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Iron Age
Cliff Castles
   
Chynalls
Lankidden
Rame Head
The Rumps
 
 
  Lankidden
St Keverne

Kerrier
NGR: SW 7555 1650
 
Aerial photo of Lankidden cliff castle from the east
 
Lankidden cliff castle lies on an impressive headland on the south Cornwall coast approximately one and a half kilometres east of Kennack Sands. At this point the natural serpentine of the Lizard area is cut by thick dyke (or sheet) of hard crystalline Gabbro which terminates in the rugged stack at Carrick Luz, whose name translated from the Cornish means ‘grey rock’.

As with the other cliff castles on the Cornish coast, Lankidden dates from the Iron Age, being broadly contemporary with the hillforts and rounds that formed such a prolific part of the Iron Age landscape. Cliff castles were commonly created through the construction of a single bank and ditch, sometimes with a lesser external bank or counterscarp as at Lankidden. In some cases, multiple banks or stone walls were also used.

Cliff castles resemble their inland hillfort neighbours in many ways. Both have substantial earthwork defences and contain evidence of domestic occupation such as pottery, hearths and houses. Both types of sites would have commanded an element of prestige and would have offered a degree of defensive protection to the community they served. Where cliff castles are thought to differ from hillforts are in their dramatic settings within the landscape. Natural sites held a deep religious and ceremonial significance to Late Bronze Age and Iron Age peoples and this would probably have been reflected in how cliff castle sites were used and celebrated. They would probably have served as a communal, ceremonial and protective focus for the surrounding settlements and with their strategic coastal positions would probably have served as important centres for trade and exchange with foreign visitors.

It is not uncommon for cliff castle sites to show a continuous usage through from earlier prehistoric times and Bronze Age barrows in particular are often seen in association with them. Settlement patterns surrounding cliff castles also suggest continuity of use and at Lankidden there are the visible remains of a prehistoric field system a short distance inland from the headland. It is thought however, that the use of cliff castles was most likely to be seasonal and/or reserved for occasional special purposes which drew the surrounding community together. Following the Roman period in Britain out of which came huge domestic and religious change, cliff castles became largely disused. Whereas some hillforts enjoyed a renewed period of occupation and modification during the changeover from Roman to Early Mediæval periods, cliff castles show no evidence of any further use until some later mediæval use as sources of stone for building.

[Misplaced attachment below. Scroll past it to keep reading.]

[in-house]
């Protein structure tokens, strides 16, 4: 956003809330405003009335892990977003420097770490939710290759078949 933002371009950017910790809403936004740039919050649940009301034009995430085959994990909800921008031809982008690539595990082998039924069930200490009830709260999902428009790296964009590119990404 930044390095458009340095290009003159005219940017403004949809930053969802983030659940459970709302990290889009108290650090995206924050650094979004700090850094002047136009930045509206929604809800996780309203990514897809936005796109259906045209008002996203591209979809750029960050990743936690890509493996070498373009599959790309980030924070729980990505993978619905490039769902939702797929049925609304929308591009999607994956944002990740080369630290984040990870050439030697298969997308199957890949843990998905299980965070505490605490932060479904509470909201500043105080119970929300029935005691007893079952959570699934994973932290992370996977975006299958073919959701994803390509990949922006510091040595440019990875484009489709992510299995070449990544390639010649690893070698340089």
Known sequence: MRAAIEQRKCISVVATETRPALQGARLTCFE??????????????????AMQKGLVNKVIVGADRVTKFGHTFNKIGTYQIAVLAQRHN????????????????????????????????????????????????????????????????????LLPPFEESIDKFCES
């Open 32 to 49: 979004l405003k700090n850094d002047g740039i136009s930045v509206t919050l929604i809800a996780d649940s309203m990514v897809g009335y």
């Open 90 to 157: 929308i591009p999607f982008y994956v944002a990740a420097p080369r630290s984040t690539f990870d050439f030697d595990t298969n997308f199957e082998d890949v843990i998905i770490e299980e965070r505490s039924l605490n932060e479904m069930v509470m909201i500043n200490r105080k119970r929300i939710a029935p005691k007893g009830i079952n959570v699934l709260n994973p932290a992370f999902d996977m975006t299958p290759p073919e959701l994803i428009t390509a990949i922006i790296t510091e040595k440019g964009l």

Access is via the coastal path from Kennack Sands or Coverack, or by footpath from Arrowan to the north. There is open access over the whole of the cliff castle. If approaching from Coverack it is also possible to take in the neighbouring cliff castle site of Chynalls which lies to the east at Chynalls Point.

Sources
Bird, E, 1998. The Coasts of Cornwall. Alexander Associates.

 
 
 
How to get there


Map

Access is via the coastal path from Kennack Sands or Coverack, or by footpath from Arrowan to the north. There is open access over the whole of the cliff castle. If approaching from Coverack it is also possible to take in the neighbouring cliff castle site of Chynalls which lies to the east at Chynalls Point.

Map link


Ground & Aerial photographs

 
     

Illustrations & Plans

 
 
 

Nearby sites

Chynalls Cliff Castle
Halliggye Fogou
Kynance Gate Settlement
Trebarveth Salt Making Site
Tremenheere Stone
 
supported by HLF and compiled by the Historic Environment service of Cornwall Council  
last updated: 07/04/2009